Bettye Zoller
How is it anime if it's drawn outside of Japan? Anime-inspired, sure, but it's not Japanimation. Avatar: The Last Airbender is a good example of this faux anime style of work. It takes a lot from the Japanese, but it's not anime. Speed Racer, Astro Boy, and Cowboy Bebop, on the other hand, originated from Japan. Those are anime (even though Astro Boy originated as a manga, or Japanese comic book, for those outside of the loop).
A postscript to my post here: Video game voice work is very robust nationwide in the U.S. and I do indeed include this instruction in my seminars. I also do video game voices. These are very akin to cartoon work and there is not the emphasis on young voices as "villians" or "victims" can be any age, often more mature voices. The stats on video game production were recently compiled in the U.S. by AFTRA who recently set voiceover union rates for this work. Thank goodness. It was a long time coming. The pay is better now. I also create demo tracks for those doing video game voiceover work. and my clients tell me their video game demos really work well for them. Producers really sit up and take notice when a voice talent has a video game demo.
I have an over seas client who does not want to use paypal......How do I deal with this?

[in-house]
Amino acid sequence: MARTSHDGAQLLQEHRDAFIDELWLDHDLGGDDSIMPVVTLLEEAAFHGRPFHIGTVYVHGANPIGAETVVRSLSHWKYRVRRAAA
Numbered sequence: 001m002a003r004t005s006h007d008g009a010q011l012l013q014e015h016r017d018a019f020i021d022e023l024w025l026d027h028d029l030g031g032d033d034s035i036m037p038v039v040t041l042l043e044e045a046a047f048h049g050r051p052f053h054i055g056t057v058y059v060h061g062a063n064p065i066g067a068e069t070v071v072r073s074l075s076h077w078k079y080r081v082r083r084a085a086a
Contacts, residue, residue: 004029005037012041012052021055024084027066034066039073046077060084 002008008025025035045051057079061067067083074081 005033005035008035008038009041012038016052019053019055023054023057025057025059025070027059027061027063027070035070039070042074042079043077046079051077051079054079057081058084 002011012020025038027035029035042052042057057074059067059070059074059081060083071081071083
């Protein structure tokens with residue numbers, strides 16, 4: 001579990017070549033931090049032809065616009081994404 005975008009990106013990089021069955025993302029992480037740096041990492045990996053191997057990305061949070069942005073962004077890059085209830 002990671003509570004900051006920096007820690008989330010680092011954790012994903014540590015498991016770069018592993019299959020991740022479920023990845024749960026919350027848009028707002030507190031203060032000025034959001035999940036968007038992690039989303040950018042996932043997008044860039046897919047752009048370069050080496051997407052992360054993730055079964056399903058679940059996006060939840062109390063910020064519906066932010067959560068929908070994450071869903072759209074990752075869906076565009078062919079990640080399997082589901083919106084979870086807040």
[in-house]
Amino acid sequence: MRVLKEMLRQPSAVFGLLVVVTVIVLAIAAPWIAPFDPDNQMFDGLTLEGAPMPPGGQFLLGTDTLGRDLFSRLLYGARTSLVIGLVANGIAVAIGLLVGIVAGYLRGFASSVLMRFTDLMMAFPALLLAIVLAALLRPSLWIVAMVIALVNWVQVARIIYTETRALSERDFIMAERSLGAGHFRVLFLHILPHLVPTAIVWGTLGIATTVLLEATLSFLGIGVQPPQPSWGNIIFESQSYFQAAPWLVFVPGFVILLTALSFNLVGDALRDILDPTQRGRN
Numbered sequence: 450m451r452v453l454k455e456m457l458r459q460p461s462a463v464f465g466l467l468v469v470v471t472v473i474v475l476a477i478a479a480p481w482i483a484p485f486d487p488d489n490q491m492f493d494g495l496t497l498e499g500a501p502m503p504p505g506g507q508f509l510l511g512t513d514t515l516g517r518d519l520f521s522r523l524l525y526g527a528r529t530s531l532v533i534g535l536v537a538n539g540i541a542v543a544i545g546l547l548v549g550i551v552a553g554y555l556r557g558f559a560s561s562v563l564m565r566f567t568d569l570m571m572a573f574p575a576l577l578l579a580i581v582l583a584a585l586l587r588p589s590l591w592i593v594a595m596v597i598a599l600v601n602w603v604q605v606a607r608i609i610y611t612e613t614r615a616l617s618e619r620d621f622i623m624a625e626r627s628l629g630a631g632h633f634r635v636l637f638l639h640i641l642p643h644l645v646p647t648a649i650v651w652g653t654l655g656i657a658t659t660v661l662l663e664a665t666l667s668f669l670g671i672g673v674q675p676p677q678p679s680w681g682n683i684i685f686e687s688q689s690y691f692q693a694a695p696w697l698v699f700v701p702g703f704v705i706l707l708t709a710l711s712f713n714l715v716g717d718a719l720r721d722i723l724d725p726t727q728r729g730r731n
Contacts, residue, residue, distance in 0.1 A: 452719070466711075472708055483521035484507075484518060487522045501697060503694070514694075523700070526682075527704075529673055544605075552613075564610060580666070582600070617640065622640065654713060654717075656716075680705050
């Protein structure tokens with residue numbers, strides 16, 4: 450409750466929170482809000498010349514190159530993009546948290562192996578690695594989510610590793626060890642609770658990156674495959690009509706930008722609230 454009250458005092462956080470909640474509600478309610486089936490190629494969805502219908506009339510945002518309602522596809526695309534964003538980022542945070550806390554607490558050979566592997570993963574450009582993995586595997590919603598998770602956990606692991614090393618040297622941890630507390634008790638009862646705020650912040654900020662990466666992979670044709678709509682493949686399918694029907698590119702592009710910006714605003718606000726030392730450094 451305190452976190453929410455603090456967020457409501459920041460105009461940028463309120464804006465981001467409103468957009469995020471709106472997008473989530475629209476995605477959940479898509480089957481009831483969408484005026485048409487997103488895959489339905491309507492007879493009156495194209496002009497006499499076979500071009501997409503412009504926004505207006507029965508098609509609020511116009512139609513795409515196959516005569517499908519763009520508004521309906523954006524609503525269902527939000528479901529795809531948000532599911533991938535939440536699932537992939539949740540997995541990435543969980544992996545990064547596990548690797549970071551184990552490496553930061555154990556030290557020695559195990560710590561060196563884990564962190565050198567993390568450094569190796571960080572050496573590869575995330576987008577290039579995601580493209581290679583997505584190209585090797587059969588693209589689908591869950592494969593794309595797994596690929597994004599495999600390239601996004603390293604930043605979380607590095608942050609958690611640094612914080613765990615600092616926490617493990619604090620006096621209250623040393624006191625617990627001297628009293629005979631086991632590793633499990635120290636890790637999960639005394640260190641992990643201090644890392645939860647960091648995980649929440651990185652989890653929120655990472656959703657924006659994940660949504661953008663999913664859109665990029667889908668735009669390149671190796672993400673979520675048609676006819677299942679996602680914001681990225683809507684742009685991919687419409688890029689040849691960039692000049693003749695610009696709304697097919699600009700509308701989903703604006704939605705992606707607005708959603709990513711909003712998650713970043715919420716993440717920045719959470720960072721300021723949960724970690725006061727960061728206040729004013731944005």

Call your bank and ask about receiving wire transfers.
This is definitely what i wish i could do with me life and i am willing to do anything for it, but i'm still new to all this. please whats the most efficient way to get myself off the ground with this kinda work?
I moved to Dallas to pursue Anime Dubbing with FUNimation. It is VERY exclusive and a bit of a boys club as Bettye pointed out. I've been networking and sending out demos like crazy for almost two years. I've even had an ADR director say he'd love to use me...but he just doesn't have any female roles. So it's just nose to the grindstone, patience is a virtue, and all that jazz. If you want to get into it, move to where the work is, and try,try,try!! FUNimation even has an online submission process. I know that there are a few directors who scan through these and like to pick out new talent occasionally.
thank you very much for the help. it was a very useful for me to start off with.

I've been doing anime, as well as other voice work for over 30 years in Los Angeles.  It's disheartening to hear that actors are accepting $50 or less as a rate.  Anime dubbers in LA worked extremely hard to create a contract with SAG to cover dubbing.  Right now we are at $65 an hour with a two hour minimum.  Video Game work gets a much higher rate but is mainly men.  Since actors are accepting less pay in places such as Texas, it has degraded the work in LA and there is much less production.  Also, since people pirate product off the Internet, Japan is producing less product because they aren't making enough profit.  Some of us make more as guests at anime conventions than we do dubbing.